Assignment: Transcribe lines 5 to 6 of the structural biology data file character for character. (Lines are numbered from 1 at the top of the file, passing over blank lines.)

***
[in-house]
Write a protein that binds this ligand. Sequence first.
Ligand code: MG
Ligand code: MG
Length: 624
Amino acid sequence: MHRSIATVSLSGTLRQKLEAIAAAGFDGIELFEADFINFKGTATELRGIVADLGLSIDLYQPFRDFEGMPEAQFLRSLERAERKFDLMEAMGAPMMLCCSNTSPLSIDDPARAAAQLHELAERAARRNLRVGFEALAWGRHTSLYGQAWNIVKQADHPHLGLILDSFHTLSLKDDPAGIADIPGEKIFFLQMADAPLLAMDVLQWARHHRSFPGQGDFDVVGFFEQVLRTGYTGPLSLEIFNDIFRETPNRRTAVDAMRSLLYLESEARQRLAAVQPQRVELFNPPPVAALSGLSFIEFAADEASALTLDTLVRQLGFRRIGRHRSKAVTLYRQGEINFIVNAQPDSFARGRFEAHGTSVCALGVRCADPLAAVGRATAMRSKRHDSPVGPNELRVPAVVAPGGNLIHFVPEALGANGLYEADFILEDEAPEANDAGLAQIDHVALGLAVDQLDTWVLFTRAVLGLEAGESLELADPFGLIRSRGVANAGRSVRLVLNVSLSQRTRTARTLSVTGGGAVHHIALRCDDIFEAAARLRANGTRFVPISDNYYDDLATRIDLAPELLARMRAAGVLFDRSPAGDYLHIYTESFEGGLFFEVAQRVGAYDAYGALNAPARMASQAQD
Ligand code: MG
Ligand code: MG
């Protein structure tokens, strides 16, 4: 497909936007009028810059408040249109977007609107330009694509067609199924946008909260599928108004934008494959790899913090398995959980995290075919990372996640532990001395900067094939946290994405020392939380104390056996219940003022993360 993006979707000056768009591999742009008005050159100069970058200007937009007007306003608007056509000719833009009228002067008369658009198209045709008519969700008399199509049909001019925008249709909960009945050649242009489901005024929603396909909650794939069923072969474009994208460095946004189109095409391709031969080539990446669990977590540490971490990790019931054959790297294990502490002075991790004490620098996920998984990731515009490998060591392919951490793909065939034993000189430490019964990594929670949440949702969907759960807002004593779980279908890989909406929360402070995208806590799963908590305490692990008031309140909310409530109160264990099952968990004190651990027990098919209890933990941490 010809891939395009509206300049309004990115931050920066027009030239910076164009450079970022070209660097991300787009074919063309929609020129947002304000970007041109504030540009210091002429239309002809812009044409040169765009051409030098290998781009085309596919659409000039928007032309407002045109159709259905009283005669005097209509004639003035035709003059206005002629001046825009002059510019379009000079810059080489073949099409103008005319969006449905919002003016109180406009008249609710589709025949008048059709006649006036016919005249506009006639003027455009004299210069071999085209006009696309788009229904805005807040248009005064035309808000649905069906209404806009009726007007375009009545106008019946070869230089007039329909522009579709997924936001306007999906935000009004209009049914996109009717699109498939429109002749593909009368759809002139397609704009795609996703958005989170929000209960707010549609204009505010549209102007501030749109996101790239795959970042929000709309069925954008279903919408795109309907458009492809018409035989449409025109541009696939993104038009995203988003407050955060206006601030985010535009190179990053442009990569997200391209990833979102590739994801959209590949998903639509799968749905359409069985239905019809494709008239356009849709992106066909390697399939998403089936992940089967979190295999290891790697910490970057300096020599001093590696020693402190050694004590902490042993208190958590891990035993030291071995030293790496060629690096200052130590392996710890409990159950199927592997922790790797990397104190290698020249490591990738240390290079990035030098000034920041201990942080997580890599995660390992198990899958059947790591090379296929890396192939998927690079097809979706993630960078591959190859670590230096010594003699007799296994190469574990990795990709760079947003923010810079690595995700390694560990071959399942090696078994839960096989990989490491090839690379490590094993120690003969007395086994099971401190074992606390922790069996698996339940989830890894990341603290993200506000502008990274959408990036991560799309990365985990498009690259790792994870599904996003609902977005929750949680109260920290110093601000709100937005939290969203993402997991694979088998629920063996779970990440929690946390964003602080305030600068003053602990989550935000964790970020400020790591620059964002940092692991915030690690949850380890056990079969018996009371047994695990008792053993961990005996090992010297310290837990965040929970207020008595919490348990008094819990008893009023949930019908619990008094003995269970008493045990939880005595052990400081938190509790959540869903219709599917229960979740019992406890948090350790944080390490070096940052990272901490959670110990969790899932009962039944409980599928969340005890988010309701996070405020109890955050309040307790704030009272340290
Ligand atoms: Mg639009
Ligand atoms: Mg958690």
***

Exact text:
Length: 624
Amino acid sequence: MHRSIATVSLSGTLRQKLEAIAAAGFDGIELFEADFINFKGTATELRGIVADLGLSIDLYQPFRDFEGMPEAQFLRSLERAERKFDLMEAMGAPMMLCCSNTSPLSIDDPARAAAQLHELAERAARRNLRVGFEALAWGRHTSLYGQAWNIVKQADHPHLGLILDSFHTLSLKDDPAGIADIPGEKIFFLQMADAPLLAMDVLQWARHHRSFPGQGDFDVVGFFEQVLRTGYTGPLSLEIFNDIFRETPNRRTAVDAMRSLLYLESEARQRLAAVQPQRVELFNPPPVAALSGLSFIEFAADEASALTLDTLVRQLGFRRIGRHRSKAVTLYRQGEINFIVNAQPDSFARGRFEAHGTSVCALGVRCADPLAAVGRATAMRSKRHDSPVGPNELRVPAVVAPGGNLIHFVPEALGANGLYEADFILEDEAPEANDAGLAQIDHVALGLAVDQLDTWVLFTRAVLGLEAGESLELADPFGLIRSRGVANAGRSVRLVLNVSLSQRTRTARTLSVTGGGAVHHIALRCDDIFEAAARLRANGTRFVPISDNYYDDLATRIDLAPELLARMRAAGVLFDRSPAGDYLHIYTESFEGGLFFEVAQRVGAYDAYGALNAPARMASQAQD